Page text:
Throughout the ages, we humans have tried all sorts of things in an attempt to make ourselves a little fancier and alter our appearance, from simple things such as berry-stained lips to the more daring (and dangerous) lead-based eye makeup and face powders. And we keep trying, even today (anyone remember the Preparation-H to reduce under-eye puffiness craze?). In fact, the February 1920 issue of McCall's Magazine shared a few eye-brightening, and thankfully outdated, tips from the flapper decade, including trimming your eyelashes every six months to promote their growth, and adding a daily eye wash of boric acid, camphor and water to your routine. While we may no longer recommend eyelash trimming and camphor to promote beautiful eyes, the '20s Flapper look is one that never completely goes out of style.
It was during the 1920s that cosmetics really hit the scene and stuck. Young American women wanted to look like the Hollywood starlets they saw at the movies -- beauties such as Clara Bow and Louise Brooks -- and by the second half of the decade, the flapper look popularized on screen was popular with the young generation as well.
The classic '20s face is framed by bobbed hair and thin, long eyebrows -- brows that were often completely plucked out and drawn back on. Until Coco Chanel appeared in public with a tan, making tanning popular, women preferred their skin to be pale -- very, very pale -- with rouged cheeks. The look was defined by dramatic, smoky eyes entirely and thickly rimmed and smudged with black grease pencil. A mixture of petroleum jelly and coal dust was often turned into mascara, and heated to give a girl beaded eyelashes. And then, there were the lips.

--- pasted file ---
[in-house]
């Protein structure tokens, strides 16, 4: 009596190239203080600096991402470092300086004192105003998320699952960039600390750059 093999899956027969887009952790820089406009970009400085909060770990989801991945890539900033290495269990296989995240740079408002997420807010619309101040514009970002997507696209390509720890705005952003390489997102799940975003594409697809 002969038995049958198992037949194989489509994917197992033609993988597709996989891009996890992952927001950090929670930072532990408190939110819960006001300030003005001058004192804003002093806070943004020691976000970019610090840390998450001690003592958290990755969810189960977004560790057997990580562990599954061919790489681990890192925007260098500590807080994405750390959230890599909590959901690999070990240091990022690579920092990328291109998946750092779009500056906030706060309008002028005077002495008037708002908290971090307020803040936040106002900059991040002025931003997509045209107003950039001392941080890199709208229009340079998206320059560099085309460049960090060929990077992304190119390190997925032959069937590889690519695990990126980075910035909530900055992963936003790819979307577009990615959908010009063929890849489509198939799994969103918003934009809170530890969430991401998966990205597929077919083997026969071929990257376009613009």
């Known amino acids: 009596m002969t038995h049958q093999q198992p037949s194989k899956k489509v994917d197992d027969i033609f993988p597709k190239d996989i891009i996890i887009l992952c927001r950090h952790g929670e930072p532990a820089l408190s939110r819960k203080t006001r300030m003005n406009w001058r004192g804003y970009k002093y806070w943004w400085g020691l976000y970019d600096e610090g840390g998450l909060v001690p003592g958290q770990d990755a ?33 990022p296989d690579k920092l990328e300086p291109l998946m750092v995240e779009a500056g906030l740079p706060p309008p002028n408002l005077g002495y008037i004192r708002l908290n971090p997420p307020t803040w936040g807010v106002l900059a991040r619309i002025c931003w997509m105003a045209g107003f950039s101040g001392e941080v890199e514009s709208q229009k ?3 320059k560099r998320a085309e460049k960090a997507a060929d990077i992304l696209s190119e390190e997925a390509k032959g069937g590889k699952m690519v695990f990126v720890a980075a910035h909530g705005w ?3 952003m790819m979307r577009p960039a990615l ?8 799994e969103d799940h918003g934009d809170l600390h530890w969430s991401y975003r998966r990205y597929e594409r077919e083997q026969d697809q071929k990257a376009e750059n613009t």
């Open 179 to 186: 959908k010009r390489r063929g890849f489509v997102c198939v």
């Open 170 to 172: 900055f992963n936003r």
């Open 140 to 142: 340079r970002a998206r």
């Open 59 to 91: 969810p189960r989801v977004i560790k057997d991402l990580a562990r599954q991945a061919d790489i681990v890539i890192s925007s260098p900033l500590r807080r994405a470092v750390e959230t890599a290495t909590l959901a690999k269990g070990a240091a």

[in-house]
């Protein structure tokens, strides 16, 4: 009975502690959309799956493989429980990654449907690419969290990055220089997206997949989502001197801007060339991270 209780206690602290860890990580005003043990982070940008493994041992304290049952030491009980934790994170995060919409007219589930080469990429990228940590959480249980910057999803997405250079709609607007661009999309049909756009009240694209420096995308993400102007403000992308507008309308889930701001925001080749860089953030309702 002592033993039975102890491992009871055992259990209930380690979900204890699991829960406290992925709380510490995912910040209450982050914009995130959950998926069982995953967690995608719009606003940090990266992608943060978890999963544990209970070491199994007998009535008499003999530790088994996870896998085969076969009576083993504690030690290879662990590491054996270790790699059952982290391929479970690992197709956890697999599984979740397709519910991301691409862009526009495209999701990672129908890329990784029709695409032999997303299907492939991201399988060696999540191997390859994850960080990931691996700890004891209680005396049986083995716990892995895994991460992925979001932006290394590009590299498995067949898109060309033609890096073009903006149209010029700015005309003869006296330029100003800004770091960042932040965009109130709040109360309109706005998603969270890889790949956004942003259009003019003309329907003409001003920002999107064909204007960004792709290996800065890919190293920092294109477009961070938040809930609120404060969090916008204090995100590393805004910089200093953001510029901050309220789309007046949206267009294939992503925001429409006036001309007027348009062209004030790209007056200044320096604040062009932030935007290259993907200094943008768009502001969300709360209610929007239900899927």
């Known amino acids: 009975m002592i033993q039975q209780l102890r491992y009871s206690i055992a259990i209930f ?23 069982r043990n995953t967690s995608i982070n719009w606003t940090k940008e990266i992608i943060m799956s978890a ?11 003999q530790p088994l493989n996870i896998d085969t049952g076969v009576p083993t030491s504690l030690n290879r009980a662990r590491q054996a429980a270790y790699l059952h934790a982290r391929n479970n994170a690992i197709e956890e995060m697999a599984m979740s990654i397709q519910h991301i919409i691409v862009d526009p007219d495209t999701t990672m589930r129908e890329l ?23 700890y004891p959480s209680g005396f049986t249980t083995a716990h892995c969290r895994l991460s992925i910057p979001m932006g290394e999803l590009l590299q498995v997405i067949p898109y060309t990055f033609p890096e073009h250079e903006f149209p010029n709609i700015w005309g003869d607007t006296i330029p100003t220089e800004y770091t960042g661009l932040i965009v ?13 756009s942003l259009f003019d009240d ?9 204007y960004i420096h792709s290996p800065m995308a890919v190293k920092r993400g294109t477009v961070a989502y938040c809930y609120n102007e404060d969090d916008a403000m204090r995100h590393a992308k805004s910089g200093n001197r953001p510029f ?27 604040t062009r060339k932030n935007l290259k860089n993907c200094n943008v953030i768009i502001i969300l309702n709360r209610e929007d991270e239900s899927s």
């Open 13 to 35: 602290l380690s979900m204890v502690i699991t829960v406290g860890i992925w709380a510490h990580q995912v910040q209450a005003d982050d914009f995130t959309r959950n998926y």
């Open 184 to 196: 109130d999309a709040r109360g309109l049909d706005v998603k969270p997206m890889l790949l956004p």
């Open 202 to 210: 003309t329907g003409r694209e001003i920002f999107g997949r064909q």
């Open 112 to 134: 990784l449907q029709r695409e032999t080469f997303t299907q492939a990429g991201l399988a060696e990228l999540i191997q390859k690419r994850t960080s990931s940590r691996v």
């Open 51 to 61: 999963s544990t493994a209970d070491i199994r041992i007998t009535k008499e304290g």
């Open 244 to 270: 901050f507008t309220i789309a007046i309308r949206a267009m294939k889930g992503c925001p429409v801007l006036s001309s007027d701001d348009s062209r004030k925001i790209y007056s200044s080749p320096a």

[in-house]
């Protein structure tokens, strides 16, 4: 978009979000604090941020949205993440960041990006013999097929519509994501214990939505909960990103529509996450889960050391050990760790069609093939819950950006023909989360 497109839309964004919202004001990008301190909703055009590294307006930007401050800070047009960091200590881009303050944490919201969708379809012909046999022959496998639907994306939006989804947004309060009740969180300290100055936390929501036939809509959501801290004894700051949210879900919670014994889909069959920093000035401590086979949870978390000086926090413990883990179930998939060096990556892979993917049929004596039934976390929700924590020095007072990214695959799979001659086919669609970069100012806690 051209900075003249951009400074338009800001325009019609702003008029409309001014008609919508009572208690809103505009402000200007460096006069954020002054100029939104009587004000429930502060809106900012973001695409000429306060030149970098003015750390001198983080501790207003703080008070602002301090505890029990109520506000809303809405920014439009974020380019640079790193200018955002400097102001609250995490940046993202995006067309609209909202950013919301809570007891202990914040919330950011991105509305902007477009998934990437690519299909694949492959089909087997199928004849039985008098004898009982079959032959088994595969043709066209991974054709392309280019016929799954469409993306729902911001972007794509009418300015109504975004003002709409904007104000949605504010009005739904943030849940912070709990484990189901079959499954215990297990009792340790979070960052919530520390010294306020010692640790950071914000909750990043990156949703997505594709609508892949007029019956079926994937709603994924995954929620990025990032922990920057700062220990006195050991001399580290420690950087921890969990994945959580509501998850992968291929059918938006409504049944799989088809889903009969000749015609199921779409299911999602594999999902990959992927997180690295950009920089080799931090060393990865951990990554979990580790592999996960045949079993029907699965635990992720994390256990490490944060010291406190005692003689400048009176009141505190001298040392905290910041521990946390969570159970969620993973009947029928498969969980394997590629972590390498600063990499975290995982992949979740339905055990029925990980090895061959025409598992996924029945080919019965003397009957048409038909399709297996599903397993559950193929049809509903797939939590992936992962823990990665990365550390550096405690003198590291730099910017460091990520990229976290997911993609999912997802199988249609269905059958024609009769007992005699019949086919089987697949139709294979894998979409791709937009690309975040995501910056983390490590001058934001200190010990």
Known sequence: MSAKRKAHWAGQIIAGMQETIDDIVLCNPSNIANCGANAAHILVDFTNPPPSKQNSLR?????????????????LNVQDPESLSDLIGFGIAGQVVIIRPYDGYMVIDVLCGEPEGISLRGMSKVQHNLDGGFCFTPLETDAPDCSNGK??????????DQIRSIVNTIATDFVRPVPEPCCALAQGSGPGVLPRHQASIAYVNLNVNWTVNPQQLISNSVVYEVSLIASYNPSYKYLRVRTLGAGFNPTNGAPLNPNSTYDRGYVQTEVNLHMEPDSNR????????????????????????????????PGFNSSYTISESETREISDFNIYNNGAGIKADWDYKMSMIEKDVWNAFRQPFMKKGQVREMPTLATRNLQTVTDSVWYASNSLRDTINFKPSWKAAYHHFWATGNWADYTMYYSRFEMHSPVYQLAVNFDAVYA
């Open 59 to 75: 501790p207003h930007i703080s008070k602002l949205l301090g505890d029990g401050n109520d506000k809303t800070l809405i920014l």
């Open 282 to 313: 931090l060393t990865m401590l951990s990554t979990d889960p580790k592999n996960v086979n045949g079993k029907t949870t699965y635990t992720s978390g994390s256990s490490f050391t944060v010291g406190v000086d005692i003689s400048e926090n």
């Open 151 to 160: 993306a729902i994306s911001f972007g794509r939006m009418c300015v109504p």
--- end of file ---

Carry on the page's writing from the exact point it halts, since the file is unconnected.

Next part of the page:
Bold red Cupid's bow lips were in style in the '20s, a makeup style that emphasizes the natural curve in your upper lip. Lips were done only in red lipstick (and you may be surprised, but it did come in a smudge proof formula even then).
During the '20s, women had access to liquid nail polish, foundation makeup, powdery blushes and concealers for the very first time, and by the end of the decade (1927) Max Factor, who had been developing makeup for actors, introduced the first line of mass-market cosmetics [source: Bio].